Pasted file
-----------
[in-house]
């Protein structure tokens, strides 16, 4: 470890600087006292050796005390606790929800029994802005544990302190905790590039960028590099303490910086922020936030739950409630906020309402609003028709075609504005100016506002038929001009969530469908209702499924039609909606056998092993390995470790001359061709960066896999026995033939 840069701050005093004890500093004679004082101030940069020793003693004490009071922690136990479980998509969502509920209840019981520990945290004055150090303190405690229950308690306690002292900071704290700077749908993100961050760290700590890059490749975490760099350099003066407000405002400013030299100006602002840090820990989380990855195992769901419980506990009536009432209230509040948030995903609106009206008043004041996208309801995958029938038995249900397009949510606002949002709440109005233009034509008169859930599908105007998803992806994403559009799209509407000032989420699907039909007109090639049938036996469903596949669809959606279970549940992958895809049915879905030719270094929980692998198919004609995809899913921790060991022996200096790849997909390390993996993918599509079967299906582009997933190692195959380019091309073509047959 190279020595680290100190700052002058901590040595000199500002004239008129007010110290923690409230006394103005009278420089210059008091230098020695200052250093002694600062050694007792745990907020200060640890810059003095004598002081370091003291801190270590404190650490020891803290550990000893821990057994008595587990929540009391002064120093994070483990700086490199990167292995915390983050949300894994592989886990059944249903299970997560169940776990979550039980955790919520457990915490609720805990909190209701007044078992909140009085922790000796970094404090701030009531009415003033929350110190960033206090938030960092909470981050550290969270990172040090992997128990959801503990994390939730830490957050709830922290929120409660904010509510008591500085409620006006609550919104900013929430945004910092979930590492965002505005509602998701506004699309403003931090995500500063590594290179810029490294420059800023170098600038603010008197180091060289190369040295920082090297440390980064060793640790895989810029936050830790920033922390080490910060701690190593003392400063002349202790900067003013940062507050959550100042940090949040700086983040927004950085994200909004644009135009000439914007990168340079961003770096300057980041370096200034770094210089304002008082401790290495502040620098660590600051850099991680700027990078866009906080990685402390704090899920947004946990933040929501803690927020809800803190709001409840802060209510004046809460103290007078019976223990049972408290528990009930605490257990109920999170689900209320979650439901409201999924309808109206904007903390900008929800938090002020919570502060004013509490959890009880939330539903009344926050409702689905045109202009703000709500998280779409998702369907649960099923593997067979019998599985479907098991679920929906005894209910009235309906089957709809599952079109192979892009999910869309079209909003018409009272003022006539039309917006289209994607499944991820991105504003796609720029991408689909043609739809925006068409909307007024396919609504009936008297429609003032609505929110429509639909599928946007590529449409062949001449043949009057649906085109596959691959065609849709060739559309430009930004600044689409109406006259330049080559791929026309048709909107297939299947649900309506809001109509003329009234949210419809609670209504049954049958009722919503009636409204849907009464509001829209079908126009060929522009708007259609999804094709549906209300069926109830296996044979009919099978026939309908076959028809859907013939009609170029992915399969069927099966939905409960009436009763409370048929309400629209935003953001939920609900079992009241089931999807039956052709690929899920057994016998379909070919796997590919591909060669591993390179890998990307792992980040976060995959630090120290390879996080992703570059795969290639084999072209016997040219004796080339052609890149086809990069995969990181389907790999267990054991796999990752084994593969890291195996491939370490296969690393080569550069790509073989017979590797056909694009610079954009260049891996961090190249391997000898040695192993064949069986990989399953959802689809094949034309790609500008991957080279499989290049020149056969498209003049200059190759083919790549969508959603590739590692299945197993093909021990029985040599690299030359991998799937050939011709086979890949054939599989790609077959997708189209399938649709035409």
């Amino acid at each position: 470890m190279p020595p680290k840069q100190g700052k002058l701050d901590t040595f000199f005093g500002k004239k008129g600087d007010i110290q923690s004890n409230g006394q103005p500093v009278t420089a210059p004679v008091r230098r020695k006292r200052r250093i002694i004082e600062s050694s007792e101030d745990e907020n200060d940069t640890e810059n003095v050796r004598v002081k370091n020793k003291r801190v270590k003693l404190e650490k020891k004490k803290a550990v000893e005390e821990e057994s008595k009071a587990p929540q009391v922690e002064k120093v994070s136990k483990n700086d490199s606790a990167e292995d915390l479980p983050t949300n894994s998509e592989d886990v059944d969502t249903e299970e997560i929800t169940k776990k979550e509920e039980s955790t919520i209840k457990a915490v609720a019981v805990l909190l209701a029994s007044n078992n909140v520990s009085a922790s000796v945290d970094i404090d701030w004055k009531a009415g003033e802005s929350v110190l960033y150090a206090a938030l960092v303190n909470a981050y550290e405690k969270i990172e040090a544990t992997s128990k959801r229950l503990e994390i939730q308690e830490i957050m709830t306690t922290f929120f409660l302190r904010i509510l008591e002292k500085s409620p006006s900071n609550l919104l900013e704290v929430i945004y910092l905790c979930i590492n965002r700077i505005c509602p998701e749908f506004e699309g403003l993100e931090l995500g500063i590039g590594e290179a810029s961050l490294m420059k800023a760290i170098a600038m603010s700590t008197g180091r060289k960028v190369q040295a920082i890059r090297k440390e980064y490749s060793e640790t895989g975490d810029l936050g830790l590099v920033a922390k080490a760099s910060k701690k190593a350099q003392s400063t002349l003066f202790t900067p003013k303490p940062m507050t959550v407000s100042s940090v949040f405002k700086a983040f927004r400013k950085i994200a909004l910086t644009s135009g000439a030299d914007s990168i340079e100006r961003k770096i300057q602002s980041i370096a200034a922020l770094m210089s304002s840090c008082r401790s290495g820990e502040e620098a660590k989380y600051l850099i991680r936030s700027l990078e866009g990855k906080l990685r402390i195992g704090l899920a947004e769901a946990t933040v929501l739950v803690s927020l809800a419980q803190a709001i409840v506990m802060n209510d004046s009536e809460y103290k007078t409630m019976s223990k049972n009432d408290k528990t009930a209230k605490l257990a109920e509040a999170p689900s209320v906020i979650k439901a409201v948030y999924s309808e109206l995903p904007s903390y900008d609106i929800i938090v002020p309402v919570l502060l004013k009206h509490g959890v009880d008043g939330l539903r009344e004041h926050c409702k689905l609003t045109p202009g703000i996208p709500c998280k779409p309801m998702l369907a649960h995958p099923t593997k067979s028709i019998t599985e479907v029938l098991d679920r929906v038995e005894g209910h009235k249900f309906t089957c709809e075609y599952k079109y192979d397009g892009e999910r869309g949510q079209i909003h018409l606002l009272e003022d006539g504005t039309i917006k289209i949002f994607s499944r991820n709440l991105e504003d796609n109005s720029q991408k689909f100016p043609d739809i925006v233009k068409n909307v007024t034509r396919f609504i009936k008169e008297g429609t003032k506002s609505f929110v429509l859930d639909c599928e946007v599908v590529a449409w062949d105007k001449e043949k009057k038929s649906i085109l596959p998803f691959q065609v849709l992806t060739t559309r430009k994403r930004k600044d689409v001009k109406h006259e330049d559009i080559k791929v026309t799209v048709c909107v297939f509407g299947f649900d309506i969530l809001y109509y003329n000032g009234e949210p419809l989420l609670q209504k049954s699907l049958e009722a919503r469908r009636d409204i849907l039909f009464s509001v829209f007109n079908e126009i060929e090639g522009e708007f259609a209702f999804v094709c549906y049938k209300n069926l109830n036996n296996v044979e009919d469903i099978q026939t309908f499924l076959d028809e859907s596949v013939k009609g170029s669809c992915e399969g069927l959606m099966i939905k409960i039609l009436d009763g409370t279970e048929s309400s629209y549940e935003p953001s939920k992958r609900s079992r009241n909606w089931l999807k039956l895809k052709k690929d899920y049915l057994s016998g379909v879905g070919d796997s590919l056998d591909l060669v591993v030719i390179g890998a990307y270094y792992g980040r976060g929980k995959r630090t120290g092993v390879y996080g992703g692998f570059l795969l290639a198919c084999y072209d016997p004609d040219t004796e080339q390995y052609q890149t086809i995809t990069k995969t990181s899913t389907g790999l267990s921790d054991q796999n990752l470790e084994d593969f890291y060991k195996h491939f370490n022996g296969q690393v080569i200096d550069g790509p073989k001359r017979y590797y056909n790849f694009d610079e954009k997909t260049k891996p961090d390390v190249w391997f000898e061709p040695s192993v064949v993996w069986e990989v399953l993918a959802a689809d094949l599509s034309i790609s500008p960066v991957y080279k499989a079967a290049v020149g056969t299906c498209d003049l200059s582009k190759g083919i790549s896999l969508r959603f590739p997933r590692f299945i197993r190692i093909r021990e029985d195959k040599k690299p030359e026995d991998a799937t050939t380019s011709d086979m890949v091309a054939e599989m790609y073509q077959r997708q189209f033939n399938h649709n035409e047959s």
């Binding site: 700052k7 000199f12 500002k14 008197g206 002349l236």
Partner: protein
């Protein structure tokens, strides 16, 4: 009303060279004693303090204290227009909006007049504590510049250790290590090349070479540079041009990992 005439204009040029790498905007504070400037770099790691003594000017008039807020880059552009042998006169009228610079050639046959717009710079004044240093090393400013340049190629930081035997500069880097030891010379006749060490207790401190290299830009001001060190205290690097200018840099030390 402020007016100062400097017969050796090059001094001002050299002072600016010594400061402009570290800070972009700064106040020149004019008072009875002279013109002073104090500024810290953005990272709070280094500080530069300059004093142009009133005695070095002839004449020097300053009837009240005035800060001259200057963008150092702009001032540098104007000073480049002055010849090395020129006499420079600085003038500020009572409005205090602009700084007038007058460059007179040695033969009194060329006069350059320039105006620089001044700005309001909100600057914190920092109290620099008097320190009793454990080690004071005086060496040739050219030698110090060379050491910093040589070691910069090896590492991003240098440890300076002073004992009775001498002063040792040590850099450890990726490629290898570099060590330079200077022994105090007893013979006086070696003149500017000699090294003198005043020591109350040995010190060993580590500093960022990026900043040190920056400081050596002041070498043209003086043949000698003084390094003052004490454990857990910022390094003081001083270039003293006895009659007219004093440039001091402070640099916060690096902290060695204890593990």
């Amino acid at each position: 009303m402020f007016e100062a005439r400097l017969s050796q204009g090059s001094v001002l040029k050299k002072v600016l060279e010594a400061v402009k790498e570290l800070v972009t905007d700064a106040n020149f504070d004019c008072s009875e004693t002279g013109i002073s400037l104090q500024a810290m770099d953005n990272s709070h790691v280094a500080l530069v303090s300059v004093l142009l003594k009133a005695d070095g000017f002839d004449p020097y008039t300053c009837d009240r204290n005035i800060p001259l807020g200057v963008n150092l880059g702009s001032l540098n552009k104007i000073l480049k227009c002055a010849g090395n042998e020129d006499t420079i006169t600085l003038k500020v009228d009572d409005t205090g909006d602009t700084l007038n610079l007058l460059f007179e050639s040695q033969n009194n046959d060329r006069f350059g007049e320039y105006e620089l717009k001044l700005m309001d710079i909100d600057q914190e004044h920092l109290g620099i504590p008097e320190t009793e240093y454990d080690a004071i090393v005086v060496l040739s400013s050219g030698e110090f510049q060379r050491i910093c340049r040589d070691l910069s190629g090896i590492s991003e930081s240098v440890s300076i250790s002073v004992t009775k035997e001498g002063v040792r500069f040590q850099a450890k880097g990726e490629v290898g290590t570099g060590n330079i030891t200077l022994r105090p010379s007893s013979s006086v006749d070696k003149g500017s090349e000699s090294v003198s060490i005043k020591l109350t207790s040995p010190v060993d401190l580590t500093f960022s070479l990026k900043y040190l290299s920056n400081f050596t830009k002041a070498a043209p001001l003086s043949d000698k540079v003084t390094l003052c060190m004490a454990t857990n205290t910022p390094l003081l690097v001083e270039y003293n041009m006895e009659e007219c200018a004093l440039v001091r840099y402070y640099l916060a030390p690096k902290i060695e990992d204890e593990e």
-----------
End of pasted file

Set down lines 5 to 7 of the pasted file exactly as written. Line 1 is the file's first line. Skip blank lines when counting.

Partner: protein
């Protein structure tokens, strides 16, 4: 009303060279004693303090204290227009909006007049504590510049250790290590090349070479540079041009990992 005439204009040029790498905007504070400037770099790691003594000017008039807020880059552009042998006169009228610079050639046959717009710079004044240093090393400013340049190629930081035997500069880097030891010379006749060490207790401190290299830009001001060190205290690097200018840099030390 402020007016100062400097017969050796090059001094001002050299002072600016010594400061402009570290800070972009700064106040020149004019008072009875002279013109002073104090500024810290953005990272709070280094500080530069300059004093142009009133005695070095002839004449020097300053009837009240005035800060001259200057963008150092702009001032540098104007000073480049002055010849090395020129006499420079600085003038500020009572409005205090602009700084007038007058460059007179040695033969009194060329006069350059320039105006620089001044700005309001909100600057914190920092109290620099008097320190009793454990080690004071005086060496040739050219030698110090060379050491910093040589070691910069090896590492991003240098440890300076002073004992009775001498002063040792040590850099450890990726490629290898570099060590330079200077022994105090007893013979006086070696003149500017000699090294003198005043020591109350040995010190060993580590500093960022990026900043040190920056400081050596002041070498043209003086043949000698003084390094003052004490454990857990910022390094003081001083270039003293006895009659007219004093440039001091402070640099916060690096902290060695204890593990």
């Amino acid at each position: 009303m402020f007016e100062a005439r400097l017969s050796q204009g090059s001094v001002l040029k050299k002072v600016l060279e010594a400061v402009k790498e570290l800070v972009t905007d700064a106040n020149f504070d004019c008072s009875e004693t002279g013109i002073s400037l104090q500024a810290m770099d953005n990272s709070h790691v280094a500080l530069v303090s300059v004093l142009l003594k009133a005695d070095g000017f002839d004449p020097y008039t300053c009837d009240r204290n005035i800060p001259l807020g200057v963008n150092l880059g702009s001032l540098n552009k104007i000073l480049k227009c002055a010849g090395n042998e020129d006499t420079i006169t600085l003038k500020v009228d009572d409005t205090g909006d602009t700084l007038n610079l007058l460059f007179e050639s040695q033969n009194n046959d060329r006069f350059g007049e320039y105006e620089l717009k001044l700005m309001d710079i909100d600057q914190e004044h920092l109290g620099i504590p008097e320190t009793e240093y454990d080690a004071i090393v005086v060496l040739s400013s050219g030698e110090f510049q060379r050491i910093c340049r040589d070691l910069s190629g090896i590492s991003e930081s240098v440890s300076i250790s002073v004992t009775k035997e001498g002063v040792r500069f040590q850099a450890k880097g990726e490629v290898g290590t570099g060590n330079i030891t200077l022994r105090p010379s007893s013979s006086v006749d070696k003149g500017s090349e000699s090294v003198s060490i005043k020591l109350t207790s040995p010190v060993d401190l580590t500093f960022s070479l990026k900043y040190l290299s920056n400081f050596t830009k002041a070498a043209p001001l003086s043949d000698k540079v003084t390094l003052c060190m004490a454990t857990n205290t910022p390094l003081l690097v001083e270039y003293n041009m006895e009659e007219c200018a004093l440039v001091r840099y402070y640099l916060a030390p690096k902290i060695e990992d204890e593990e």